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Austin Franklin's Music with Live Electronics

Austin Franklin, a friend of mine since our undergraduate days at Lamar University - before I jumped ship for Kent State, has been hard at work at Louisiana State University. Austin is completing his PhD in Experimental Music and Digital Media which includes writing code and designing specialized software within Cycling 74's program 'MaxMSP' for use in live performance with instrumentalists. While this is a large part of his work, Austin also composes music brought to the listener's ears by pure algorithms which have been presented at many festivals over the course of 2021. 

Lately, I had the pleasure of premiering his most recent piece, Concentric Circles, for Piano, Cello, Percussion & Live Electronics. With this piece he began finalizing his methodology and goals for his PhD and electronic music. This included a variety of specially coded programs within MaxMSP which manipulate data that are taken in through microphones listening to live performers then send that data out for further manipulation or directly to the listener via PA speakers. 

The few that were incorporated into this piece are not all that his work entails. Other pieces of his have used differently programmed algorithms which will become a part of his PhD and will eventually become open source programs for which the field itself can continue to build upon. 

Here are a sampling of other pieces Austin has written that include this technology: 

      Bloom (2021) - My personal favorite


        Rhythmic Mosaics (2021)

      Wind and Rain (2021)


Other Work

On Austin's website he includes a variety of services such as commissioning - his main line of work - recording audio and video, arranging, transcribing, mixing and mastering. His research (found here) has explored new methods of creating music with audience input, experiencing music through tactile means, and algorithmic accompaniment in music.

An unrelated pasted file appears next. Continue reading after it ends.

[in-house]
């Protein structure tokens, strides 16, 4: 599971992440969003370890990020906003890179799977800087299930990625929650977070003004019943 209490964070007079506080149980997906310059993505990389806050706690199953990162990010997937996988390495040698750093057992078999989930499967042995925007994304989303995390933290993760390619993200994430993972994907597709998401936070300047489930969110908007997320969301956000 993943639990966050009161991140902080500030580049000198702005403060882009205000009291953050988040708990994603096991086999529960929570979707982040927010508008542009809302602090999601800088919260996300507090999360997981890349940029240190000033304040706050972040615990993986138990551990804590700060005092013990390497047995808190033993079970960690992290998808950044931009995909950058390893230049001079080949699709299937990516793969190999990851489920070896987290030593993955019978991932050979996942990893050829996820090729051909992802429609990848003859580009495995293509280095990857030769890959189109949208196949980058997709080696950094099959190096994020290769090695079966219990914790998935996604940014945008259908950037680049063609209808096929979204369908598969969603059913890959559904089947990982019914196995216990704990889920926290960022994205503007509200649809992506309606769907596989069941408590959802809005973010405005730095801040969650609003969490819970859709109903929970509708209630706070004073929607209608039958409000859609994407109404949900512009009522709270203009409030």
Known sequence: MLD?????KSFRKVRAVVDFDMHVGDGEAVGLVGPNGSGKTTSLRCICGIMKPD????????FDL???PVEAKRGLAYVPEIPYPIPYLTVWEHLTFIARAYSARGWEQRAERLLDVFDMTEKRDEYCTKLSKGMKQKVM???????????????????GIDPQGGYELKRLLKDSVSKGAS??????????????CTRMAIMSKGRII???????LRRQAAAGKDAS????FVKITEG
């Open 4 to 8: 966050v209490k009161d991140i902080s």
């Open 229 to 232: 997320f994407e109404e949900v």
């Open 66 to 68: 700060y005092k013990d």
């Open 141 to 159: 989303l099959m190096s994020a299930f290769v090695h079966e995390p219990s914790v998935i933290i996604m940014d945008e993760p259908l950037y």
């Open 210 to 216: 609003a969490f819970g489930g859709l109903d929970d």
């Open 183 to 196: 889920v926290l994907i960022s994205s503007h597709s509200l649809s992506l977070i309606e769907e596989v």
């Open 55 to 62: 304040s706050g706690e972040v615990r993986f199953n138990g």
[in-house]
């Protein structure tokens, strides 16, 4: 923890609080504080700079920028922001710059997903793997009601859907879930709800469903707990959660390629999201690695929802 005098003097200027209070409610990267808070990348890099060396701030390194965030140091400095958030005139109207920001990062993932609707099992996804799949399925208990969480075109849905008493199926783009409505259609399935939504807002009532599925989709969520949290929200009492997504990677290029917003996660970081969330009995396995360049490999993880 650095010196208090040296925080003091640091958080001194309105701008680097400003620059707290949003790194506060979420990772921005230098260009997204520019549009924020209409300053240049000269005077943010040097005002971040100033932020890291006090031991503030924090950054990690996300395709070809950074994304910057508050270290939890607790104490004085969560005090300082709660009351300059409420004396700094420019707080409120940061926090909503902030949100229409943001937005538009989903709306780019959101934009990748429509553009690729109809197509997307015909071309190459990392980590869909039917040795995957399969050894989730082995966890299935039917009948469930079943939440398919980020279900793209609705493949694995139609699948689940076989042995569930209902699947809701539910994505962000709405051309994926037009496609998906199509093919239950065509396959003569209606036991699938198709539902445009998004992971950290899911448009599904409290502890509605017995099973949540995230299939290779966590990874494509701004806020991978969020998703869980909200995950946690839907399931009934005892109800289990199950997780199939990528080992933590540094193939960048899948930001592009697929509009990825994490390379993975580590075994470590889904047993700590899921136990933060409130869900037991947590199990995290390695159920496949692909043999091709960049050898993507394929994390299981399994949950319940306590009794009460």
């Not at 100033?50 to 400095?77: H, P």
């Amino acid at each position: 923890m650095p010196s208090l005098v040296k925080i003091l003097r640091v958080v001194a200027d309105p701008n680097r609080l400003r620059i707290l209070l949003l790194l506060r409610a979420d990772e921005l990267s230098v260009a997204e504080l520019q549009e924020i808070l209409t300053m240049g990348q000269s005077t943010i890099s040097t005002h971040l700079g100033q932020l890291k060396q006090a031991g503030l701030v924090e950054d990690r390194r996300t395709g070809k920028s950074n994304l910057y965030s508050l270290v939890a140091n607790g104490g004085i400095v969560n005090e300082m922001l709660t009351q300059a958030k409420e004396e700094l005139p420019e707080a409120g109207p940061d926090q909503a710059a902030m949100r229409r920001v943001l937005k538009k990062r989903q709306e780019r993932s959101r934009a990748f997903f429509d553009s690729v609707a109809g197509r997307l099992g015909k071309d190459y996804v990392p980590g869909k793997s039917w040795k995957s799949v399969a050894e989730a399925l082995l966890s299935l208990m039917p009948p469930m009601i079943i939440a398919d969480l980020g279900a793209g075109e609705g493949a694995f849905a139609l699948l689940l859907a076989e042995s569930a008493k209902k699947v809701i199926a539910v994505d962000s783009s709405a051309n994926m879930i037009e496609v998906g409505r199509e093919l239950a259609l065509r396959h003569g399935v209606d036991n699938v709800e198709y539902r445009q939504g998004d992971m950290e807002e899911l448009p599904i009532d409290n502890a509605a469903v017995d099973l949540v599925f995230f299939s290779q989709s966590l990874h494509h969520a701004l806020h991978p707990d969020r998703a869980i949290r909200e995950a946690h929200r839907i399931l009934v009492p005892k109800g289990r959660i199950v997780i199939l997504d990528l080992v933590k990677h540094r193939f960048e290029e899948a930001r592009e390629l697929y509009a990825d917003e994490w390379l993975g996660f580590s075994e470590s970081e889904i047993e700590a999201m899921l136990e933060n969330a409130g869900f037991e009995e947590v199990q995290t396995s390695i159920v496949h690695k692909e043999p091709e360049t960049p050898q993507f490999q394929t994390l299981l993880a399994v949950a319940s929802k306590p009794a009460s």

Overall, his music covers a range of projects that I've always had on my to-do list but never have the time to dig into fully. Through his music and collaborating with him on two pieces so far, I definitely live vicariously through what he creates. 


  1. It's awesome that you have gotten the chance to work with Austin! This blog post is a great reminder to all of us that we ourselves, and those we sit next to are real life musicians who do valid work! You've also just given Austin 20+ new followers on his compositional journey. Very interested to know more about how the software program responds to the cello / music in general. Do the pieces sound the same every time?

    - Laura Ruple

  2. Your connection and collaboration with Austin seems so unique and special, thank you for sharing his work with us! I will definitely be checking out his work and research! I'm sure this exposure will be very good for him. I did not even know until reading this blog that a PhD in Experimental Music and Digital Media even existed, let alone that it involved writing code and designing software. Incorporating this into live performance is so unique, I hope I get the chance to hear this in person someday!
    -Abby Ryan

  3. Music performance is changing as technology advances. Your blog seems to show this very well like making a new sound using audio mixing. In addition, using a violin bow to play marimba was impressive. Thanks for sharing your blog and music. - Haksung Lee

  4. This is awesome! It's great to see how successful he is with such a range of music industry skills. I do music editing, mixing, and mastering on the side and I think it really affects how we listen to the music we perform. Also, very cool that you get to work with him. His uses of electronics are really unique, and I look forward to seeing how his work continues developing!
    -Molly Sanford

  5. Thank you for sharing! I'm so glad that I decided to click through and listen to Bloom! Lately, I've been down this rabbit hole of string playing with electronics and thinking to myself, "What are the possibilities with electronics with my double bass?" Sonically, Bloom was very satisfying to me because the resonance of all the effects weren't necessarily jarring or harsh. Just resonant!
    -Taiga Benito


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